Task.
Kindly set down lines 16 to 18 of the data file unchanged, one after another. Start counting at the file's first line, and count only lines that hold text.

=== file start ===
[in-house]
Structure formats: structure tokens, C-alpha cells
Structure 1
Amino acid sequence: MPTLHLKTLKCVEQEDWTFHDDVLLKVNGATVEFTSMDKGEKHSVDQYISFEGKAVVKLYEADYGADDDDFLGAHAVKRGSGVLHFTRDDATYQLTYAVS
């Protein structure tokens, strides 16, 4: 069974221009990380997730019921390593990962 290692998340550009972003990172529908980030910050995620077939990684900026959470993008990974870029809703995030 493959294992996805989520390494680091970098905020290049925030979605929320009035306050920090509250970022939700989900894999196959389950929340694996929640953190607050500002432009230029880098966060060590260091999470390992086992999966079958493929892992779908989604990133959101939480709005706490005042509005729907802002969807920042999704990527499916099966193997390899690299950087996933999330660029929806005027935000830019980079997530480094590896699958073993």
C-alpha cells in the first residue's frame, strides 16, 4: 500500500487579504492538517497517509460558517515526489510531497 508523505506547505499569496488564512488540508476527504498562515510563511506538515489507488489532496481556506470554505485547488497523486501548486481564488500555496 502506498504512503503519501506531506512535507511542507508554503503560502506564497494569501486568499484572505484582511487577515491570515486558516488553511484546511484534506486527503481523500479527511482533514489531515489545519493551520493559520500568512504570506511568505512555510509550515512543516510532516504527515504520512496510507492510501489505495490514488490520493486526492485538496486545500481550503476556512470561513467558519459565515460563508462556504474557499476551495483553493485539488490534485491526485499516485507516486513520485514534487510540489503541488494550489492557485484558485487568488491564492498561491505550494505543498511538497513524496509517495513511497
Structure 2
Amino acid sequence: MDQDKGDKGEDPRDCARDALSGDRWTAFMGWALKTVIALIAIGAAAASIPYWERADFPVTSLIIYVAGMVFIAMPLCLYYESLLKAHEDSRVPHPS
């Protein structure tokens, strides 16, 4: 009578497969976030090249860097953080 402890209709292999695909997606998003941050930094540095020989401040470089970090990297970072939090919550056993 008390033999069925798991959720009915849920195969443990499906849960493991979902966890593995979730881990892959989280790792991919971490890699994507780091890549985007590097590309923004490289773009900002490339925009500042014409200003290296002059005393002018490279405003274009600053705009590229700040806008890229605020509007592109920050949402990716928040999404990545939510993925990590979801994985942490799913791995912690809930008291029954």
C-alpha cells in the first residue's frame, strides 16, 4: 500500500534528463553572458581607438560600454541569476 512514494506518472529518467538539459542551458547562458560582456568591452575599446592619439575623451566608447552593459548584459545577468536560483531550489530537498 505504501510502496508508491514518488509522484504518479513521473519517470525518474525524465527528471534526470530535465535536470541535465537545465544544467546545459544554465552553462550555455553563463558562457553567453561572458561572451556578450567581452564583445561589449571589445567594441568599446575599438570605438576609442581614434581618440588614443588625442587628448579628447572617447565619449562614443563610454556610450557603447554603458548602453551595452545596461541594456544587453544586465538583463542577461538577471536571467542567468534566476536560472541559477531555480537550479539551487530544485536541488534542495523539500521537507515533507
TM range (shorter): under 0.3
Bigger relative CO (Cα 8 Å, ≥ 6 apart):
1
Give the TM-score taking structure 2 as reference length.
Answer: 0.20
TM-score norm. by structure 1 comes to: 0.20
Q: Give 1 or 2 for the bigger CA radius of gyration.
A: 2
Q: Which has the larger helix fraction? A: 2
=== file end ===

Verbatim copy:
TM-score norm. by structure 1 comes to: 0.20
Q: Give 1 or 2 for the bigger CA radius of gyration.
A: 2